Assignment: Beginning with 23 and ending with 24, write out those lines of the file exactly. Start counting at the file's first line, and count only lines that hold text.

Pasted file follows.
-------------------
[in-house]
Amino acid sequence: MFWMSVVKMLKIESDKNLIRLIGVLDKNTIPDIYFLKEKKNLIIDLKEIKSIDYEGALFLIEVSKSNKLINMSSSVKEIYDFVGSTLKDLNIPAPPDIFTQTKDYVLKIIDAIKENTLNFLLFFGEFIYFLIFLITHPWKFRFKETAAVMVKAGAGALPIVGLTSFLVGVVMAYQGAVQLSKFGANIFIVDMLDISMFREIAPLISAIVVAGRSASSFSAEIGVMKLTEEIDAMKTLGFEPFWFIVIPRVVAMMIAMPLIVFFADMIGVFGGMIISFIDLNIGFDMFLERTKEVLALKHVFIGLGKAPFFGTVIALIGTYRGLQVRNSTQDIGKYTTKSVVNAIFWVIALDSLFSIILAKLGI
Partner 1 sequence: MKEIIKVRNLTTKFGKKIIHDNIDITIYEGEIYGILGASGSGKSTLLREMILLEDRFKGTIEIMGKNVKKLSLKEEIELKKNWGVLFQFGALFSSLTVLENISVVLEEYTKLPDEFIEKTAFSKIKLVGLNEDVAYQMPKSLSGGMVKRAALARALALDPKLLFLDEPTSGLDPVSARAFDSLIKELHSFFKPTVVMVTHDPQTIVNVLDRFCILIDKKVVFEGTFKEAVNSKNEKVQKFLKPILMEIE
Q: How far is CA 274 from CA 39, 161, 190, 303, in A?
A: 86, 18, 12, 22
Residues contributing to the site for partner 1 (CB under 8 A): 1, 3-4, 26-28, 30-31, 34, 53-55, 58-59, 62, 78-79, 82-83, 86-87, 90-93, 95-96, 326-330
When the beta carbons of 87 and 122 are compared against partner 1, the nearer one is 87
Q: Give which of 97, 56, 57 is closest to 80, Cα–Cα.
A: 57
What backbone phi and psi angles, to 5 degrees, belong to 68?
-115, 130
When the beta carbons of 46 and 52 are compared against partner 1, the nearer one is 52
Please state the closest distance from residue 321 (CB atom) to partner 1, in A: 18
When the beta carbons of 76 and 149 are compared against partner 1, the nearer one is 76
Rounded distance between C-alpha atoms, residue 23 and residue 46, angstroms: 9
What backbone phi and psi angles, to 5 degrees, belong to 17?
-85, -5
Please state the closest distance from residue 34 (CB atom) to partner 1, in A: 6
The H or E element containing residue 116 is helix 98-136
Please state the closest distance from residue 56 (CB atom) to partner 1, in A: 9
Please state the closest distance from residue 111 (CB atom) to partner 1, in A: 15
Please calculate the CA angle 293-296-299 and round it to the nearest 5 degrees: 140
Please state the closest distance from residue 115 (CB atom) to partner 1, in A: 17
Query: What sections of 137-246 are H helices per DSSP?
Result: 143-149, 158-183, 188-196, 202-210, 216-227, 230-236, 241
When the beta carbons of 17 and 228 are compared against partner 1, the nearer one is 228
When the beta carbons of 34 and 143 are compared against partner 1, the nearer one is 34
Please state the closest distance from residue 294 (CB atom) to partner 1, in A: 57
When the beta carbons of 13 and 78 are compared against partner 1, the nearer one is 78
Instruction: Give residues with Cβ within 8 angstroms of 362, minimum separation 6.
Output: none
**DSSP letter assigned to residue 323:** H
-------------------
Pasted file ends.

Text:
Please state the closest distance from residue 115 (CB atom) to partner 1, in A: 17
Query: What sections of 137-246 are H helices per DSSP?